SHOPPERS KEPT the cash tills ringing in the City throughout the day on Dhanteras, the first day of festival of lights. From roadside kiosks to swanky mall outlets, traders did brisk business on this auspicious day and even a brief spell of rain failed to mar the festive spirit.
Cars, two-wheelers, consumer durables and utensils were in great demand. However, business was a little subdued in Sarafa Market, the City’s gold and silver jewellery hub. Indore Sarafa Traders Association president Hukumchand Soni attributed the relatively lower sales to overwhelming response during Pushya Nakshatra, which fell on Sunday this year. “Although the crowd was good, sales fell by 25-30 per cent this year as compared to last Dhanteras,” he said.
Even as gold lost some of its lustre this year, automobile sales revved up so much so that many models and colours were unavailable in some of the showrooms by late evening. Data collected from various dealers show that over 650 cars were sold in a single day with aggregate sales of Rs 26 crore. Maruti dealer Patel Motors’ Deputy General Manager (Marketing) Atul Sharma told Hindustan Times that they ran out of Alto model by late evening. “We sold 151 cars on Thursday, a growth of over 50 per cent over last year,” he said.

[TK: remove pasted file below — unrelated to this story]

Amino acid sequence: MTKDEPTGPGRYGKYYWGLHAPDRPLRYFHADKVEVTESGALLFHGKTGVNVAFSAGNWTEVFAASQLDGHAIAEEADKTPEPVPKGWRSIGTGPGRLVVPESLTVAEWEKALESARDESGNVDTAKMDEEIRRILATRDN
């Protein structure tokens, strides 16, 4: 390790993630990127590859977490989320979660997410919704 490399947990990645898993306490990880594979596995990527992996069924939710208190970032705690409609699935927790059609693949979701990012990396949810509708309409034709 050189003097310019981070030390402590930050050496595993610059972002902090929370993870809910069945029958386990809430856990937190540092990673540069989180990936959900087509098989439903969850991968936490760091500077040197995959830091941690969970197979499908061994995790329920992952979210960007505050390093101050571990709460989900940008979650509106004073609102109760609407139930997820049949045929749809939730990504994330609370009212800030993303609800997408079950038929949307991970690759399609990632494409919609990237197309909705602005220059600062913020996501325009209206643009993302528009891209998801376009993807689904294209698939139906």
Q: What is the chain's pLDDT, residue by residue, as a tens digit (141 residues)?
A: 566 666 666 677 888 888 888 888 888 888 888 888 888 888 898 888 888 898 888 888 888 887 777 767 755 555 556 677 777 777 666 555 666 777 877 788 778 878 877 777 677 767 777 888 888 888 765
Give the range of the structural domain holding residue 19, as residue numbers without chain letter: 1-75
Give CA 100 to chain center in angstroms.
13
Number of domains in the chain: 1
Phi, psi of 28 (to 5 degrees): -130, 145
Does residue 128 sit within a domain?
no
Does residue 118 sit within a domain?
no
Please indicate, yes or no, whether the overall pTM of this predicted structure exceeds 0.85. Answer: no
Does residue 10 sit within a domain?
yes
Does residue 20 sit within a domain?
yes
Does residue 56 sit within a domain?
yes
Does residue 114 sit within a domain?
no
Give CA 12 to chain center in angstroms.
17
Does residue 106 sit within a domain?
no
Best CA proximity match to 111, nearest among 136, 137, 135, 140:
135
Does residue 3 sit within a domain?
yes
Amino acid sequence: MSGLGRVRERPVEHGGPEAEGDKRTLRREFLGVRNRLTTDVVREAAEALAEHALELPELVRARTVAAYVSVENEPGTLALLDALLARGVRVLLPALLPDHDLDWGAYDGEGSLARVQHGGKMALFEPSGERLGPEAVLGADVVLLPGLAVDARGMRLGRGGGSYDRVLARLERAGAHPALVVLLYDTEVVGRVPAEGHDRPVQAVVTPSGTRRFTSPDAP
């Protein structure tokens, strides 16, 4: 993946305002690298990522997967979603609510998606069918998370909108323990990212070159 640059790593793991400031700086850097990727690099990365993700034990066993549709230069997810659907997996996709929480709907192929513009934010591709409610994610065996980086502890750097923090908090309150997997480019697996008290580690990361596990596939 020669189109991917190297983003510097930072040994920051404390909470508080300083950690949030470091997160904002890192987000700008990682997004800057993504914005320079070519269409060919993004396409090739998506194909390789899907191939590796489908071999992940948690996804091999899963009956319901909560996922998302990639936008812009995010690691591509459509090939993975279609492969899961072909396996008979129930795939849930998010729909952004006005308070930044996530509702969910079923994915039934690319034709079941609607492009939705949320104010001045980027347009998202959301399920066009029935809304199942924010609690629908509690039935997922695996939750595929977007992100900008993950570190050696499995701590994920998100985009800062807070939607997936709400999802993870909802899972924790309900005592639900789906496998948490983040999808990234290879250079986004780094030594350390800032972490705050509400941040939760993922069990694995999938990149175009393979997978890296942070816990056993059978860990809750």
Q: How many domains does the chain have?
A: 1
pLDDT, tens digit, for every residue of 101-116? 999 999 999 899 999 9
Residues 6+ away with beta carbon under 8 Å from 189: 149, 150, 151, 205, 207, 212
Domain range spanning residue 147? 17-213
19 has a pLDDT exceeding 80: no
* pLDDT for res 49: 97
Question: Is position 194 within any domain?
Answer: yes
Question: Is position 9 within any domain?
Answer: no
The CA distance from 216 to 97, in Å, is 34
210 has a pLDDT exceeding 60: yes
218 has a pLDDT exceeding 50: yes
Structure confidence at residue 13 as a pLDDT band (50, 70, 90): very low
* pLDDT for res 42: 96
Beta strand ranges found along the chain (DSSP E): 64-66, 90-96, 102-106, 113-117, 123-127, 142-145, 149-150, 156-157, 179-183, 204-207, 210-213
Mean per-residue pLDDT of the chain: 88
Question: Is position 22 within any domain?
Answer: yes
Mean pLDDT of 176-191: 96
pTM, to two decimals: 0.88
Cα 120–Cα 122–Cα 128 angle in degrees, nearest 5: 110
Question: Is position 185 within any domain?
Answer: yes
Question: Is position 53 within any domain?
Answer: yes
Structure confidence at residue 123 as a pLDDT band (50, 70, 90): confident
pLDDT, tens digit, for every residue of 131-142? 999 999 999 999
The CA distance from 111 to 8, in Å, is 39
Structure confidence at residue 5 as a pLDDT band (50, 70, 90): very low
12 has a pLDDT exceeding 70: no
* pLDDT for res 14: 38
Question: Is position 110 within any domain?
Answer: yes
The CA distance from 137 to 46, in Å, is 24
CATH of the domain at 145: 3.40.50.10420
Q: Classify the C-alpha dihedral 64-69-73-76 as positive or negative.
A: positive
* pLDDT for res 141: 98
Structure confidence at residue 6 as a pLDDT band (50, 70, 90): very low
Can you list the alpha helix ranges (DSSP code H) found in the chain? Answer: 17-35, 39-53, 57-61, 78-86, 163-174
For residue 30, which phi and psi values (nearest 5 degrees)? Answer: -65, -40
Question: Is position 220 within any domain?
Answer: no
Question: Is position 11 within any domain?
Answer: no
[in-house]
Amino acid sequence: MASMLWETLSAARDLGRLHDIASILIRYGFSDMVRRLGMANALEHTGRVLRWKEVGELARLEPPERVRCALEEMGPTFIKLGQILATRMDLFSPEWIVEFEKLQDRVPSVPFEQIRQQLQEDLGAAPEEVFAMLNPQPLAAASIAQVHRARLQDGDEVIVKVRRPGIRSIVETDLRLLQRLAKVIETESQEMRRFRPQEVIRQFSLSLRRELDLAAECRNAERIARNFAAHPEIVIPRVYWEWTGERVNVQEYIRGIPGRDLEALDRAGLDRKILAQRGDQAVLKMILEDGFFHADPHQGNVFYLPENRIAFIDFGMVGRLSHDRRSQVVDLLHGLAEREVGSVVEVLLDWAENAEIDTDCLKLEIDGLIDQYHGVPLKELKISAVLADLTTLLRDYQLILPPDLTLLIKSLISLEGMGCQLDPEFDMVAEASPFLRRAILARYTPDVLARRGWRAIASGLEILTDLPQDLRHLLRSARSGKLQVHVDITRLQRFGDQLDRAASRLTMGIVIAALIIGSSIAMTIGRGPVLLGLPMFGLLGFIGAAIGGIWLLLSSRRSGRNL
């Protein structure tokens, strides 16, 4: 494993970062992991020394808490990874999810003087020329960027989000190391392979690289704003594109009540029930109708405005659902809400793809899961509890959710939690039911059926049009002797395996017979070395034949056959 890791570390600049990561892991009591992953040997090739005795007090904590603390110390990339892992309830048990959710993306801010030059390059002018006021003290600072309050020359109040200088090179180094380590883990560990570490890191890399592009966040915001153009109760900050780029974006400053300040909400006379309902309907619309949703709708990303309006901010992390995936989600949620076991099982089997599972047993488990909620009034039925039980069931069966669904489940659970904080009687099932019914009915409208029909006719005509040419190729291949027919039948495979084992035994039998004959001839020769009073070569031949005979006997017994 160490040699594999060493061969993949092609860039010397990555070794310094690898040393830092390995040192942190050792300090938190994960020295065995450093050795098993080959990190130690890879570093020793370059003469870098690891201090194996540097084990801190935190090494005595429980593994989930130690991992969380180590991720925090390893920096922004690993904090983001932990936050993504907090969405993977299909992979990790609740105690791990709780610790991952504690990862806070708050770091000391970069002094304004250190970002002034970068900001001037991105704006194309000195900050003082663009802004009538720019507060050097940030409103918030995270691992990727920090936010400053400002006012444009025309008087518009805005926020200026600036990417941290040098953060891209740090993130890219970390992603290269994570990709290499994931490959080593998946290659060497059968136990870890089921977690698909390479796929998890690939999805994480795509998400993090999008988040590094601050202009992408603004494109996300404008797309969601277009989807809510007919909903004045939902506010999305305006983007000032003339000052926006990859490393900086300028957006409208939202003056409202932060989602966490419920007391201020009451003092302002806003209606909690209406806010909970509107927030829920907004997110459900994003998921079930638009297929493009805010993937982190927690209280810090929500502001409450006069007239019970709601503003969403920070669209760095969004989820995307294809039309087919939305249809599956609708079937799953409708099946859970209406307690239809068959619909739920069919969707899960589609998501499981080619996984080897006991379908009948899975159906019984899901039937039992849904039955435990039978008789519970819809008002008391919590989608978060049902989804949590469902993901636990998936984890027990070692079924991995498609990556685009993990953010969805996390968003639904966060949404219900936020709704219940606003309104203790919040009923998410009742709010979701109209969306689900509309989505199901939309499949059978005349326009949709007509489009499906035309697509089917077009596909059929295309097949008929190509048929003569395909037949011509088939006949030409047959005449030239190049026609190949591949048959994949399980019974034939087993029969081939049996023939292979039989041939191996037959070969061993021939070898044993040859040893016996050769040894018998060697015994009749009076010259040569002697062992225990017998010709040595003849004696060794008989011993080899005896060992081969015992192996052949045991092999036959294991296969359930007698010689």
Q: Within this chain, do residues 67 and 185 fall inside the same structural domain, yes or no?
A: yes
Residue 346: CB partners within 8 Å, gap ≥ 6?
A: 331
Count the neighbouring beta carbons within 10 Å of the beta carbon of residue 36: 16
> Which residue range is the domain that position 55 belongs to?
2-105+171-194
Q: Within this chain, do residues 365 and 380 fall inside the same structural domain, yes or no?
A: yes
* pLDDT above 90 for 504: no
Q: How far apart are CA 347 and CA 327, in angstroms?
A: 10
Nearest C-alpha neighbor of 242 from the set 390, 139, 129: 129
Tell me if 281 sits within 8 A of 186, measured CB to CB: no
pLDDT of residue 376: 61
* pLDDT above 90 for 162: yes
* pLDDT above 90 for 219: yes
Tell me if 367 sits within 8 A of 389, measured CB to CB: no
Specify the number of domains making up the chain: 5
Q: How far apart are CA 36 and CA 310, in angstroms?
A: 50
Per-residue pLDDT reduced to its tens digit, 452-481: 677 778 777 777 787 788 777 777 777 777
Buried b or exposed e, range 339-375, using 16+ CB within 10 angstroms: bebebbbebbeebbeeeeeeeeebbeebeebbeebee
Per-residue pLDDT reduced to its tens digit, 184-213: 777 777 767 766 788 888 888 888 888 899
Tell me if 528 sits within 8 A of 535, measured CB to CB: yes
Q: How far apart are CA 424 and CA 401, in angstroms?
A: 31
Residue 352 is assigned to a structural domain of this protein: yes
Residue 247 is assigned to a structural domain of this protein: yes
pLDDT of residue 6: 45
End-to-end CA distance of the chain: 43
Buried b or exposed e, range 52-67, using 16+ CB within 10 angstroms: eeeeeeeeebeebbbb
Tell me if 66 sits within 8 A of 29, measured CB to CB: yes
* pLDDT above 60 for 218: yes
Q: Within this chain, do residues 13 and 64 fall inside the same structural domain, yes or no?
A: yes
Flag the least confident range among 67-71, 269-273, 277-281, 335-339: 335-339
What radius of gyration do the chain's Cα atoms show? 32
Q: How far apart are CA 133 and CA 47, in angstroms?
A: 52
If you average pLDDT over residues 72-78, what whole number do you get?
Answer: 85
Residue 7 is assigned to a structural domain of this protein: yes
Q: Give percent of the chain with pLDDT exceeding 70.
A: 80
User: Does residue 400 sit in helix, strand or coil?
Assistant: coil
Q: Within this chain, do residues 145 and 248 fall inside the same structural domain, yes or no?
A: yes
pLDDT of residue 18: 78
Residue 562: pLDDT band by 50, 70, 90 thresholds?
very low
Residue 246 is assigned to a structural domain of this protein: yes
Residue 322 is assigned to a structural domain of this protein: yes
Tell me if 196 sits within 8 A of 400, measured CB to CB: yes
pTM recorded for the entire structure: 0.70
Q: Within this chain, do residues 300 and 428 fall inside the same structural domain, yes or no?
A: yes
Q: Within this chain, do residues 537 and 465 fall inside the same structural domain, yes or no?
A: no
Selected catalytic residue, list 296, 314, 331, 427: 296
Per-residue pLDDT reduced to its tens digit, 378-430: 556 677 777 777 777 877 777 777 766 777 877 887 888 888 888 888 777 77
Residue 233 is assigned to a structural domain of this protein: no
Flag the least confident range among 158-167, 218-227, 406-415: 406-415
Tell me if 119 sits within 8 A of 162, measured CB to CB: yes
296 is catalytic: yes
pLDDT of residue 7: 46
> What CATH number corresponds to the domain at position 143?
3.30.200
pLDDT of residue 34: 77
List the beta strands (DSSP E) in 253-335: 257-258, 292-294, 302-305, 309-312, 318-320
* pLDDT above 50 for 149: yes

Consumer durables were another hot sector this festive season. Although exact figures were not available, exclusive showrooms like Lotus, e-Zone and e-Mall witnessed huge rush on Dhanteras. “Contrary to the perception about plasma and LCD TVs, the customer focus this year was more on mass products like frost-free refrigerators,” says Salian Santosh, branch manager of LG Electronics. “Our dealer feedback is that sales during the entire festive season were better than last year although there was no jump in sales for Dhanteras.”
Bartan Bazaar witnessed huge rush throughout the day with total business for the day estimated at Rs 6 crore. Although entry for vehicles was banned, the sheer number of shoppers was enough to cause a jam and harried customers heckled each other to gain entry into shops. Traders said high prices of precious metals might have influenced more people to go for utensils to make their token purchase on this auspicious day.